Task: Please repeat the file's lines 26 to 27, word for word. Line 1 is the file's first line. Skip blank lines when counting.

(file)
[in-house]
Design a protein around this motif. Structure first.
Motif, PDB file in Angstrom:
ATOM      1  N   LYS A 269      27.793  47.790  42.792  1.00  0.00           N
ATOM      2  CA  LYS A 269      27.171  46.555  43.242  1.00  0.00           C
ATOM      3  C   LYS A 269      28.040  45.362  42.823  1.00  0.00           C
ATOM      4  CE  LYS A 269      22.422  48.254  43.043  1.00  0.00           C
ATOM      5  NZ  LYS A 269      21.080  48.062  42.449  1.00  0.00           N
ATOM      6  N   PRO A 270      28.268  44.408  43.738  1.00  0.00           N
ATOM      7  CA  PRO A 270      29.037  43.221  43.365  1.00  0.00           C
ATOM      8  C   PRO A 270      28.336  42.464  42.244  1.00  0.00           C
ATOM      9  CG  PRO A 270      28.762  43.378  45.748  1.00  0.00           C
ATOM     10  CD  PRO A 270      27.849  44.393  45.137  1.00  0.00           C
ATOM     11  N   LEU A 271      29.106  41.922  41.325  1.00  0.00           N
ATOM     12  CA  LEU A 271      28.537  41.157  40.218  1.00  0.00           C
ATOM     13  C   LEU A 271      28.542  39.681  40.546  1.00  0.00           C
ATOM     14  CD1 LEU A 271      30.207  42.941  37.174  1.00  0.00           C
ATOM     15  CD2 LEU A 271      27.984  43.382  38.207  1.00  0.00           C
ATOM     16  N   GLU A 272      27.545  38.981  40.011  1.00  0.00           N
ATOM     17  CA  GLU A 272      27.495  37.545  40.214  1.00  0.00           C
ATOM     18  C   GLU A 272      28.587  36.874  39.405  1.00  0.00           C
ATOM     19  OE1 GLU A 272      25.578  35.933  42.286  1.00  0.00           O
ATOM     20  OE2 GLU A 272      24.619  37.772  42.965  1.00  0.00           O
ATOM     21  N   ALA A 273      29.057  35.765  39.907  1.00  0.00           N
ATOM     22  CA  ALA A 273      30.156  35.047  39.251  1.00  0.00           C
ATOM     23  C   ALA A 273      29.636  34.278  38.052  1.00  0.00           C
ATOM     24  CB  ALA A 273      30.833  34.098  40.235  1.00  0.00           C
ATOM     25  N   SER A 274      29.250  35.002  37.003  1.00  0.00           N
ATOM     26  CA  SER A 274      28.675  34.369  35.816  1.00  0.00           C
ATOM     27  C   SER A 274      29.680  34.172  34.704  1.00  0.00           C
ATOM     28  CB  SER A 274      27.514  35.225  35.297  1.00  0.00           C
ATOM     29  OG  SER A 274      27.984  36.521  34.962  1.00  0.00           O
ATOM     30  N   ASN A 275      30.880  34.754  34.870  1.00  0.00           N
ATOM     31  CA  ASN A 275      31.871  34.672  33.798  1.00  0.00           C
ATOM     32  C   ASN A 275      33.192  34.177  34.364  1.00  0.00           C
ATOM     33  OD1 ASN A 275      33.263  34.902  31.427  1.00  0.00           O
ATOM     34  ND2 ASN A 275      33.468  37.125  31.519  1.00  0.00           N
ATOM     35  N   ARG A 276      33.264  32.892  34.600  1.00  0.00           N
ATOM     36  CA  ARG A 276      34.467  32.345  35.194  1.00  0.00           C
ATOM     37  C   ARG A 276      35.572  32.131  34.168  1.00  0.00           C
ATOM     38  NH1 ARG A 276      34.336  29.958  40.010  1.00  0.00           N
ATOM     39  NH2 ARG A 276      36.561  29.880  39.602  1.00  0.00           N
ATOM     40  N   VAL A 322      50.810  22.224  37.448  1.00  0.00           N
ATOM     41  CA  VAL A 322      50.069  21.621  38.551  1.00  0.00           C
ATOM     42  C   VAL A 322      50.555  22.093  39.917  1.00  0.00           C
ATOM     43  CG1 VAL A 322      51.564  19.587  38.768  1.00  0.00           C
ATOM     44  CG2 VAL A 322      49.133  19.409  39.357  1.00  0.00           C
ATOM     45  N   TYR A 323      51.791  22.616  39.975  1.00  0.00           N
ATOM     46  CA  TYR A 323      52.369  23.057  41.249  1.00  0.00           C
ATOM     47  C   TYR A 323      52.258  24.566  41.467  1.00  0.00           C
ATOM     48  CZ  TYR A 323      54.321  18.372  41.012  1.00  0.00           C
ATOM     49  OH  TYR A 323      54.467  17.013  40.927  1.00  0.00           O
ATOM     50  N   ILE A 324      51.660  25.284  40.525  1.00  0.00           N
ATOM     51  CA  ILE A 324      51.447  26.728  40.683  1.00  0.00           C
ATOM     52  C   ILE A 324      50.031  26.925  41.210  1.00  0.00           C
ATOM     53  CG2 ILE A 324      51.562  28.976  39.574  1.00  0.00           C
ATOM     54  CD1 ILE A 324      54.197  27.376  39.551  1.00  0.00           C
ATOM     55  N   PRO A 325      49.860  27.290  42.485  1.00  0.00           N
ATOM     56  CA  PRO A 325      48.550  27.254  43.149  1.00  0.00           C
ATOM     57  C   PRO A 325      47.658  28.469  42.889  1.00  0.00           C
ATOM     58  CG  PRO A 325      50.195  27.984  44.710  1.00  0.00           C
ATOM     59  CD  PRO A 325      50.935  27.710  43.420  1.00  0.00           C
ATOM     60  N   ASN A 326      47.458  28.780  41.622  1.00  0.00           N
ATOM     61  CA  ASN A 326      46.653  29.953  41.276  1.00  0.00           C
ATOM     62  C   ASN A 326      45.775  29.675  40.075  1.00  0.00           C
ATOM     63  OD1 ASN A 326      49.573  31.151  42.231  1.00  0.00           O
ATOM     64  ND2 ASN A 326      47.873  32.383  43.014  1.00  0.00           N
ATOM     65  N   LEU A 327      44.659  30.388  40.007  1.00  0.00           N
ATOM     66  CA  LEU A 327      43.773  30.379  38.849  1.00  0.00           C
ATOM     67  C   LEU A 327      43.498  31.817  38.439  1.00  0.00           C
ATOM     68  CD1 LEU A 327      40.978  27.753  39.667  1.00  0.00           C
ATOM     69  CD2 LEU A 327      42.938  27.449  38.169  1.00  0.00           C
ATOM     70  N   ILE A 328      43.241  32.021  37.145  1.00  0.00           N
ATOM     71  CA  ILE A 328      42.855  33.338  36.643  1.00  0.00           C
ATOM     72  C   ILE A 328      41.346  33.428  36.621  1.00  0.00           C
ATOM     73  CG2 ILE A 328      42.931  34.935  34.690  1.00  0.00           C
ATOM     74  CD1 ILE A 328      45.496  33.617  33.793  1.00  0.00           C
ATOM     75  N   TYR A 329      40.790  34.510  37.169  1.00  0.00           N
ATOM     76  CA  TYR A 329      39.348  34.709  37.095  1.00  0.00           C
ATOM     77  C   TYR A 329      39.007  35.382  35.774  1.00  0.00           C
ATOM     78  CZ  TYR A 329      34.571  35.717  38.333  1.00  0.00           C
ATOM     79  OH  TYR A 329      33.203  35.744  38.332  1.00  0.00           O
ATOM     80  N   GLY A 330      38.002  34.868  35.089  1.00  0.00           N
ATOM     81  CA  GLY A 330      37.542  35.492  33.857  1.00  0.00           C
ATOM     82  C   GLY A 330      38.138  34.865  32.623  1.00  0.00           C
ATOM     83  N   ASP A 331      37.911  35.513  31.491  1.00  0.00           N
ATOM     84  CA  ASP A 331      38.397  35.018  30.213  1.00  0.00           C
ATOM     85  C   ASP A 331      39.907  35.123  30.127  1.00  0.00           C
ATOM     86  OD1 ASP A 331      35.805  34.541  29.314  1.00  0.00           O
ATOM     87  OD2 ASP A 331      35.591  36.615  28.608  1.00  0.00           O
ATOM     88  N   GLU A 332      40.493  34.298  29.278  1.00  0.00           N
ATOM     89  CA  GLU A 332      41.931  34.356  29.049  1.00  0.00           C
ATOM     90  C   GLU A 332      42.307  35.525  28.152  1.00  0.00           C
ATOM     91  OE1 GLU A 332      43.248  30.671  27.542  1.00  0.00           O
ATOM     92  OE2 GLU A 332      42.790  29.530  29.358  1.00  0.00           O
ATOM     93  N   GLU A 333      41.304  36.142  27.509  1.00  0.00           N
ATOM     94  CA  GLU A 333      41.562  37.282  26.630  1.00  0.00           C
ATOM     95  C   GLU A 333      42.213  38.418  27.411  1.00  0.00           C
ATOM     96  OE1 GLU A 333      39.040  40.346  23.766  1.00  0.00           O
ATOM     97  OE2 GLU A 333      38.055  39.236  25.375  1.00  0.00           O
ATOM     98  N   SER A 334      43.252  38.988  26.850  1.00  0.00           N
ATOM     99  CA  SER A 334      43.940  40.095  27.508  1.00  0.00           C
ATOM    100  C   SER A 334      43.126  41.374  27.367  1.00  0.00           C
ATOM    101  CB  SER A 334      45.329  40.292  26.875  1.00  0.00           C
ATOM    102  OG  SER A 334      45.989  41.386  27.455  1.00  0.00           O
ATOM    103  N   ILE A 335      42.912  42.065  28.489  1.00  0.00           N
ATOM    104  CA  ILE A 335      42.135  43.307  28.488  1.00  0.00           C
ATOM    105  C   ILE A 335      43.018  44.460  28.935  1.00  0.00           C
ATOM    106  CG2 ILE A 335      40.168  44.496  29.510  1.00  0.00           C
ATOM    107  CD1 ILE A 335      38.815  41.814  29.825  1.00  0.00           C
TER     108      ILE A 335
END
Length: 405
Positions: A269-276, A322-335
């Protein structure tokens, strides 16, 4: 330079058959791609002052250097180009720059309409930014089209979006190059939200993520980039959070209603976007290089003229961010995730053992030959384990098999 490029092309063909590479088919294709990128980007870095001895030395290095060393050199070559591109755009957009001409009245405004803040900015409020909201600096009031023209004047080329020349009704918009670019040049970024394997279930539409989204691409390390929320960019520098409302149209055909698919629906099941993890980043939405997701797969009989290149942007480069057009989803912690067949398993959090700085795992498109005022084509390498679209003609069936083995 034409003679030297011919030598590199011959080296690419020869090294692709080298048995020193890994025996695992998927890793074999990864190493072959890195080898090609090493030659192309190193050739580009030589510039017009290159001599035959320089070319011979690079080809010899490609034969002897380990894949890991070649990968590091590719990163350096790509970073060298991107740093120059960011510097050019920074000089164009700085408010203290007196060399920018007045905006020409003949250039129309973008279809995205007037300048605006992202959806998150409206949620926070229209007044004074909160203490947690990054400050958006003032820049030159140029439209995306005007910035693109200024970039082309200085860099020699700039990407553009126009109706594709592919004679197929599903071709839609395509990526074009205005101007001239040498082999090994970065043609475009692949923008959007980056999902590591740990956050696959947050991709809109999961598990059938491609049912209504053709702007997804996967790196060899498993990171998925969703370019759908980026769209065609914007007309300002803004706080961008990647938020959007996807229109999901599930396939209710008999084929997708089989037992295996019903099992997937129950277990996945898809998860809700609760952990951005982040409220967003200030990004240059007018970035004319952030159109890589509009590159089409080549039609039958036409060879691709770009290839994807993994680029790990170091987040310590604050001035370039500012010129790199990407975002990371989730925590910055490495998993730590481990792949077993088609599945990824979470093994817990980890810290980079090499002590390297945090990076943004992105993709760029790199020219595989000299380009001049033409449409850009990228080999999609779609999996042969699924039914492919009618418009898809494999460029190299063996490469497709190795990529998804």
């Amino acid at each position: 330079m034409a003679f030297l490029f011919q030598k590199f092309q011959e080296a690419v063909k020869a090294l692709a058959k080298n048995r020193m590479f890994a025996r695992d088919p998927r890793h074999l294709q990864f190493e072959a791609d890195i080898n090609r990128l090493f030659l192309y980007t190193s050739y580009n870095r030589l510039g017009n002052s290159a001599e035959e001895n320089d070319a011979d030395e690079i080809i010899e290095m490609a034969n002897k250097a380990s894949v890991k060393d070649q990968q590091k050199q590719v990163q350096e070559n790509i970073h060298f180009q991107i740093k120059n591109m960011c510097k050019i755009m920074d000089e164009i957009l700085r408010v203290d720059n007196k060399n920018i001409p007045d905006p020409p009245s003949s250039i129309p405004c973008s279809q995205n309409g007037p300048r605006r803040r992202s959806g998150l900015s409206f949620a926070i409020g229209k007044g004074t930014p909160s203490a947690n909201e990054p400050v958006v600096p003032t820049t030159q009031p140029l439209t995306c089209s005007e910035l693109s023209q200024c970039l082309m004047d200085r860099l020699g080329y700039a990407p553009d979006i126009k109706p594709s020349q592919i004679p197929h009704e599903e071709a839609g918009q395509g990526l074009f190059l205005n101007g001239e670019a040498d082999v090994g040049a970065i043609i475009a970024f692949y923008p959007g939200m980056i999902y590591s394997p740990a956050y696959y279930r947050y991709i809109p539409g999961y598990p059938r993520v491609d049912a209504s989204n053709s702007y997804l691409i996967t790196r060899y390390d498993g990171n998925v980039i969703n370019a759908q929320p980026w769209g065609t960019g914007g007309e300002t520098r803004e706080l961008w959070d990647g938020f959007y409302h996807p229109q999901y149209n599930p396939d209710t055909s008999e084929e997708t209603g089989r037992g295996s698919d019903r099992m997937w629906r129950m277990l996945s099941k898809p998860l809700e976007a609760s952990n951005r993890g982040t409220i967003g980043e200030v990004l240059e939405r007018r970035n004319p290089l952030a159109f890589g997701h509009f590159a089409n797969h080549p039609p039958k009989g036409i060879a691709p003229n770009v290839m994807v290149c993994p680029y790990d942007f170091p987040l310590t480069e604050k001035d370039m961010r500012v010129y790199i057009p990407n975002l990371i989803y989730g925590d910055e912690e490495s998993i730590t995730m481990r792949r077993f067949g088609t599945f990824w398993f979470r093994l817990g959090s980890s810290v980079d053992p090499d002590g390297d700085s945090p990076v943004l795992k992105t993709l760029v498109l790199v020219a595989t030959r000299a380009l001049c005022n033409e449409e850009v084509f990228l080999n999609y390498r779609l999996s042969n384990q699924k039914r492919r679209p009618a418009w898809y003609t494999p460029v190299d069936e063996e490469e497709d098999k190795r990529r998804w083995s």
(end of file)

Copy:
ATOM     23  C   ALA A 273      29.636  34.278  38.052  1.00  0.00           C
ATOM     24  CB  ALA A 273      30.833  34.098  40.235  1.00  0.00           C